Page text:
"Kein weißes Hemd?"

Translation:No white shirt?

January 1, 2013

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No white shirts? NO white shirts!? NO WHITE SHIRTS!?!?!!? RRRRAAAAAAAWWWRR!!!!!!! rampages about department store


-spongebob intensifies-


In english, it makes more sense to say "No white shirts?".


It does though. Imagine this conversation: "Hey, I heard you have great white shirts. Can you hook me up? I have an interview soon." "Sorry, bud. We're all out of white shirts." "No white shirts? Are you sure?" "Yup. Now get out and practice some German."


"Hey Skeeter, I got you a shirt in every color for your birthday!" "Cool! Wow, you really got me a green one, an orange one ... but wait ... no white shirt?"

Yes, it's contrived, but you might say "No white shirt?" in any situation in which you expect a specific white shirt and it's not there.

You also might say this to an employee who's supposed to wear a white shirt as part of a uniform, but comes in with another color.


I would say this to my companion going to a formal event who is not dressed appropriately


Usually yes, when you expect one or more but see none. But when you expect exactly one and see none, you would say "No white shirt". e.g., when someone was helping you find your white shirt (you only own one), they might come back later and say, "I looked all over the house. No white shirt. Sorry, you must have left it somewhere else."


Correct, although people do say this sometimes.


Can somebody explain the differences between weißes, weißer etc


It depends on the gender of the thing that is white. The endings are different following 'a' (ein/eine/ein) than following 'the' (der/die/das). For example, ein weißes Hemd as against das weiße Hemd.


The strong ending of Nomativ/Neuter nouns such as 'Hemd' is '-es' (from 'das').

'weiß' takes the strong '-es' ending because the preceding article 'kein' does not have the strong ending '-es'. If the preceding article does not have the strong ending, the adjective receives the strong ending by default.

For more on strong/weak endings, check out this video:



Thank you! for the link to this video. It finally makes sense!


"Not a white shirt" doesn't work, but I've been told that 'kein' is roughly equivalent to 'not a' or 'not an'.


Same here. I put "not a white shirt" and got it wrong. Would like to know why it's wrong!


Imagine that you walk into a clothing store and see shirts in every colour but white. In English you would say "no white shirts?" and in German "keine weiße Hemden?"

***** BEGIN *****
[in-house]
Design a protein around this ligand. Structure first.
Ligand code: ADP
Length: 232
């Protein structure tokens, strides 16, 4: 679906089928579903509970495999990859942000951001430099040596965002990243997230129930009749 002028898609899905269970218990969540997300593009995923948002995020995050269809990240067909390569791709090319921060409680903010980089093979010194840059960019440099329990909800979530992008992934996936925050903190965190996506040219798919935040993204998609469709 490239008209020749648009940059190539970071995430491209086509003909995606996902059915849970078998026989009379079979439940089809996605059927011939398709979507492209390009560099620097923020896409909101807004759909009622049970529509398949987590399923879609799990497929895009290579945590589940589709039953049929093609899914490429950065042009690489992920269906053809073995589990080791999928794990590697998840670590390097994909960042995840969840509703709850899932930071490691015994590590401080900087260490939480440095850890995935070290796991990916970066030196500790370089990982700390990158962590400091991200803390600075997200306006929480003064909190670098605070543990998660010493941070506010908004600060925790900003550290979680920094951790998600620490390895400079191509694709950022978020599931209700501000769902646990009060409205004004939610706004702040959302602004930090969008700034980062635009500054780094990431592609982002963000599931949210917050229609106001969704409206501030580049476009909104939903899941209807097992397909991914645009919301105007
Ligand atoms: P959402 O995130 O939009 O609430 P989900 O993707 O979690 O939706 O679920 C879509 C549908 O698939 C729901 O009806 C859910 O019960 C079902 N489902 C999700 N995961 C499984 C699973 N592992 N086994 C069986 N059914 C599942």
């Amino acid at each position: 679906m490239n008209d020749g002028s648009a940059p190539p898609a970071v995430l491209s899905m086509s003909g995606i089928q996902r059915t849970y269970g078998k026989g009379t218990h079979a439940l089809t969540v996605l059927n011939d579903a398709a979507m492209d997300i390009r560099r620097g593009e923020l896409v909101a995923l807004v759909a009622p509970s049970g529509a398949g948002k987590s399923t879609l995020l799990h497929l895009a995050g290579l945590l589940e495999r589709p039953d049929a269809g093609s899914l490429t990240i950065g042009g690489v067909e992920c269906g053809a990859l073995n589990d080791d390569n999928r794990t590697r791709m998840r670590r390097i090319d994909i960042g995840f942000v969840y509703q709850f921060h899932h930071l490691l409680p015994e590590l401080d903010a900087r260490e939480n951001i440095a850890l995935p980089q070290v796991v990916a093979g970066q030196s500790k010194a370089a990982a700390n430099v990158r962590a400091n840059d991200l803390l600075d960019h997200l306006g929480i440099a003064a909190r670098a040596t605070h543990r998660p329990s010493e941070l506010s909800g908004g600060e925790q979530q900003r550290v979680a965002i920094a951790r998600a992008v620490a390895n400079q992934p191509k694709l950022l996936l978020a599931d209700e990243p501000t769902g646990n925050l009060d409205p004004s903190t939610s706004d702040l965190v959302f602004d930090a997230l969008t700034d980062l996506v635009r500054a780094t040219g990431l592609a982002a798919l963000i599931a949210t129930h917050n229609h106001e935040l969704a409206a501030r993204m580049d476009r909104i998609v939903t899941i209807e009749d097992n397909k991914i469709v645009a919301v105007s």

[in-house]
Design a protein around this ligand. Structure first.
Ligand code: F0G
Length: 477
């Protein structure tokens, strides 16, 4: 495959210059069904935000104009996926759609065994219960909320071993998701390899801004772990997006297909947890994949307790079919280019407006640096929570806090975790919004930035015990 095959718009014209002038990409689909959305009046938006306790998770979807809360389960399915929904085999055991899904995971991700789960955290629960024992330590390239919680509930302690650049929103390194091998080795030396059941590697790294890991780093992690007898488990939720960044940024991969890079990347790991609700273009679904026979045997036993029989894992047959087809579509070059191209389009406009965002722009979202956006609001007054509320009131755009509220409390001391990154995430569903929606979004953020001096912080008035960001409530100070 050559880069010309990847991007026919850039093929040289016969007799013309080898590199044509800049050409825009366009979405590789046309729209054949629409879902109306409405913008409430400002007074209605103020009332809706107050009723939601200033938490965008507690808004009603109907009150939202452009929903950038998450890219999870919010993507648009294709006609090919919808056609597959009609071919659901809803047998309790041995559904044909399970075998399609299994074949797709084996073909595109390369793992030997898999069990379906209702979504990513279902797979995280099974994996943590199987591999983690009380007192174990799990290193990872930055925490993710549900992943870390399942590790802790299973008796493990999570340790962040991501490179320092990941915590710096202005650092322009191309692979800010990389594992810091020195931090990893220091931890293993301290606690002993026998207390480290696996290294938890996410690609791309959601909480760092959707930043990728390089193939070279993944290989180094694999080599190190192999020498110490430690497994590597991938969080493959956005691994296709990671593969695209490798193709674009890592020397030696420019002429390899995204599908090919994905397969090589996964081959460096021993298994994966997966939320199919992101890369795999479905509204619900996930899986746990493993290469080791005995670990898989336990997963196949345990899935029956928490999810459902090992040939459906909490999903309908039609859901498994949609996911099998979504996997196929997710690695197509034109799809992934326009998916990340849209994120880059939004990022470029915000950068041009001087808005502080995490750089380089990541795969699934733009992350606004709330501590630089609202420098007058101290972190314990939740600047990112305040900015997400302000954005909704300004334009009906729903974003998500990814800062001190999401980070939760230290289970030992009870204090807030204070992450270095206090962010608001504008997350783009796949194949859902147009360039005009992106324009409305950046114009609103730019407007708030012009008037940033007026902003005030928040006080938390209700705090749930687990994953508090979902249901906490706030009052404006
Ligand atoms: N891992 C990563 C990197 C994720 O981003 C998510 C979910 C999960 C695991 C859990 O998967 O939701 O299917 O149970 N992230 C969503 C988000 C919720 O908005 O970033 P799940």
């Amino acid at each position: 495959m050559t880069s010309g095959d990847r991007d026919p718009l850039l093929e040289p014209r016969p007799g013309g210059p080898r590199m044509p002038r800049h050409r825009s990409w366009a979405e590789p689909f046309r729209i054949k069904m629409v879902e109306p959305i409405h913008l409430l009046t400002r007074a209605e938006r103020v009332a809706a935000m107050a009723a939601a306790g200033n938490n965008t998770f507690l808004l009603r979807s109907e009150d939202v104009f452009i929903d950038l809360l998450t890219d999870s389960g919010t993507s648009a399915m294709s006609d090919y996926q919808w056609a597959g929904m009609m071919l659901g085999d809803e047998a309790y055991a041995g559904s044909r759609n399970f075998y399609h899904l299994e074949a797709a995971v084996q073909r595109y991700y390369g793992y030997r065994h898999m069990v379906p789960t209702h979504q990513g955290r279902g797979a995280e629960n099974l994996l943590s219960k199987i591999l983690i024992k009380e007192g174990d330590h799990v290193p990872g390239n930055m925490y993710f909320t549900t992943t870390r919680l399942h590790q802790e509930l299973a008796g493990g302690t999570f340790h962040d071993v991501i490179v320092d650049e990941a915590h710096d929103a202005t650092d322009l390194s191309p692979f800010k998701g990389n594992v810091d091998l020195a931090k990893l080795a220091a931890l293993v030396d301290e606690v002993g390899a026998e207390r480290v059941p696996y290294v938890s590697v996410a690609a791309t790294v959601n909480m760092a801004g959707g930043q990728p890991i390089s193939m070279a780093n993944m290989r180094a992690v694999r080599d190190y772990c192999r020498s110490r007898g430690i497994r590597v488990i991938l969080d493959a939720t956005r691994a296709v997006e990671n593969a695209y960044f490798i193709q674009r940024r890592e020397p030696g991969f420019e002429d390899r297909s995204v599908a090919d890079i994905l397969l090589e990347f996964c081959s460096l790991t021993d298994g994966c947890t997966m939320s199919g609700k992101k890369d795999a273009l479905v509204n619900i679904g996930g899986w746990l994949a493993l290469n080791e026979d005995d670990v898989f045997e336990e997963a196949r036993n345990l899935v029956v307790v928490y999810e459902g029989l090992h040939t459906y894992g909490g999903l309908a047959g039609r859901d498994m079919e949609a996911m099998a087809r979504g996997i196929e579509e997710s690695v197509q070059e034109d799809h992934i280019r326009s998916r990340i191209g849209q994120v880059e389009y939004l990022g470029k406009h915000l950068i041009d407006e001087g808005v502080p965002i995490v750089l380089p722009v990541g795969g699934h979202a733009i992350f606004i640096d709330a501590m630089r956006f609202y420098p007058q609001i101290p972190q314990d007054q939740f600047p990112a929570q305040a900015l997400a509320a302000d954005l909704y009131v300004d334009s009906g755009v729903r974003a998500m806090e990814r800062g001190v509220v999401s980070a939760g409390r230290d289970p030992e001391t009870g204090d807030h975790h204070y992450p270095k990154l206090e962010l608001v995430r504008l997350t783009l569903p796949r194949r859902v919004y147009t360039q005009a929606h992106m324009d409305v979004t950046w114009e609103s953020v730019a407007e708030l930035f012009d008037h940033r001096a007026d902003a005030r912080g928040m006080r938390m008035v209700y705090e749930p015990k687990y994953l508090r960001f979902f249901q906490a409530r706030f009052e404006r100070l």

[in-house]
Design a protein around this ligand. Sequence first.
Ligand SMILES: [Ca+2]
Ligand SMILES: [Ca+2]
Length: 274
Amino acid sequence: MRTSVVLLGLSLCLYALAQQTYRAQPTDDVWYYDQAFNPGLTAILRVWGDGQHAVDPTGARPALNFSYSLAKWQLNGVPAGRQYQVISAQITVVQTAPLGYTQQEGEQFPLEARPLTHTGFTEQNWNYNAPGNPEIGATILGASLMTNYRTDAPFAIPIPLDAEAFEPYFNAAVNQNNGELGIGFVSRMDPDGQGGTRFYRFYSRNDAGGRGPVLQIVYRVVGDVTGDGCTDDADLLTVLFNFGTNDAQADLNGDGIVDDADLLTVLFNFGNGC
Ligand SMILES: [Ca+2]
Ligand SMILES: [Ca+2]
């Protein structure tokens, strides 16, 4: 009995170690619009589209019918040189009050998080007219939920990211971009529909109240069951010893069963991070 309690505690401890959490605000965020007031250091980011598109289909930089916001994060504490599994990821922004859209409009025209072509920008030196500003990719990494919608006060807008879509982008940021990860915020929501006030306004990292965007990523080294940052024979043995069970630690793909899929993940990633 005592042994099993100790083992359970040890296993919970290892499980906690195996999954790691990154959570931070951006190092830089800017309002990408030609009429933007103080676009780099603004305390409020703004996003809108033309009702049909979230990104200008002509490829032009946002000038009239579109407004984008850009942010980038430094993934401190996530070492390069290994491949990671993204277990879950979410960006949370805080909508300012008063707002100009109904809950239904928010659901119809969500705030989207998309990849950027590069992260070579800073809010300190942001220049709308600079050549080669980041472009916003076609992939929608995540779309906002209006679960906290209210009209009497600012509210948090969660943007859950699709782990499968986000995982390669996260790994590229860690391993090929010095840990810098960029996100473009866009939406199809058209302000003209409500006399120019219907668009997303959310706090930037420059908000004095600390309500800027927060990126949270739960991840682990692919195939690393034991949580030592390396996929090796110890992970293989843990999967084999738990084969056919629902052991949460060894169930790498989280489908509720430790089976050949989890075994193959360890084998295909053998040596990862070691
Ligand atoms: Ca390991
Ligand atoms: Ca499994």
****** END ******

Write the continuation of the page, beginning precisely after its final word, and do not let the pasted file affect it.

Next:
Honestly, this should probably be a correct solution. I'd be interested in the opinion of a moderator.


    I agree -- it could be used in a situation such as "I'm going to wear a black shirt tonight." - "Not a white shirt?" (Ich ziehe mir heute Abend ein schwarzes Hemd an. -- Kein weißes Hemd?)

    However, as far as I can tell, "Not a white shirt?" has been accepted for at least 2 years. (But the comment you replied to is 3 years old.)


    Writing "ss" instead of "ß" is not a typo


    Do you know what this "ß" is called?


    Eszett and scharfes S are the terms I've heard most often.


    "No white shirt"... might be said to you at a party with a theme of white, when you show up wearing your purple V-neck


    The letter ß (also known as sharp S, German: esszett or scharfes S)


    Why not Keines weisses Hemd?


    I assume you mean "keines"? "Kein" (and "ein" and "mein," etc.) doesn't take an ending in the neuter nominative or accusative or the masculine nominative. So "Ich habe kein Hemd" and "Kein Hund ist grün."

    Inflection of "kein" here


    Thanks, but what's with that keins in the neuter, non-attributive? Is that an alternative and can be interchangeable?


    The non-attributive versions are for when you use "kein" as a stand-alone pronoun rather than with a noun: "Sie haben Brot verkauft aber ich wollte keins."

    It's the same for "ein" and the possessive articles as well: "Der Hund ist meiner."


    Today I found an excellent flow chart for finding the endings of predictive adjectives. The steps were to answer 4 questions and at each answer find a pointer to a correct end for the adjective. 1) Is there a preceding article? If YES move to next question, if NO use the appropriate ending of the DER word. 2) Is the article in standard form? If YES move to next question, if NO use EN 3) Is the noun singular? If yes move to the next question, if NO use EN as the word is plural. 4) Does the article reveal the noun's gender? If YES end the adjective with an E. If NO use ER to end the adjective for a Masculine noun and either ES or S if the noun is Neuter. So far this worked perfectly till this question. " No white shirt?" " Kein Weisses Hemd" where the above system would point to Hemd (nom. masc. sing,) indicating that "Weisser" should be the correct translation! I do hope that I can keep using this system but perhaps someone with more insight than I have, can tweek it to enable it to be more nearly perfect!


    "Hemd" is a neuter noun, not masculine. With that in mind, your flowchart will correctly give you "weißes".


    Thank you Copernicus. I have been studying German for 3+ months and built a gender dictionary where I could quickly look up a word. Hemd was one of the first words entered and I must have taken "ein Hemd" as evidence of male before I even realized the possibility of neuter!


    Why use weisses is wrong!!!!!


    There's nothing wrong with "weisses"; you must have made a mistake elsewhere in what you wrote. What was your entire answer?

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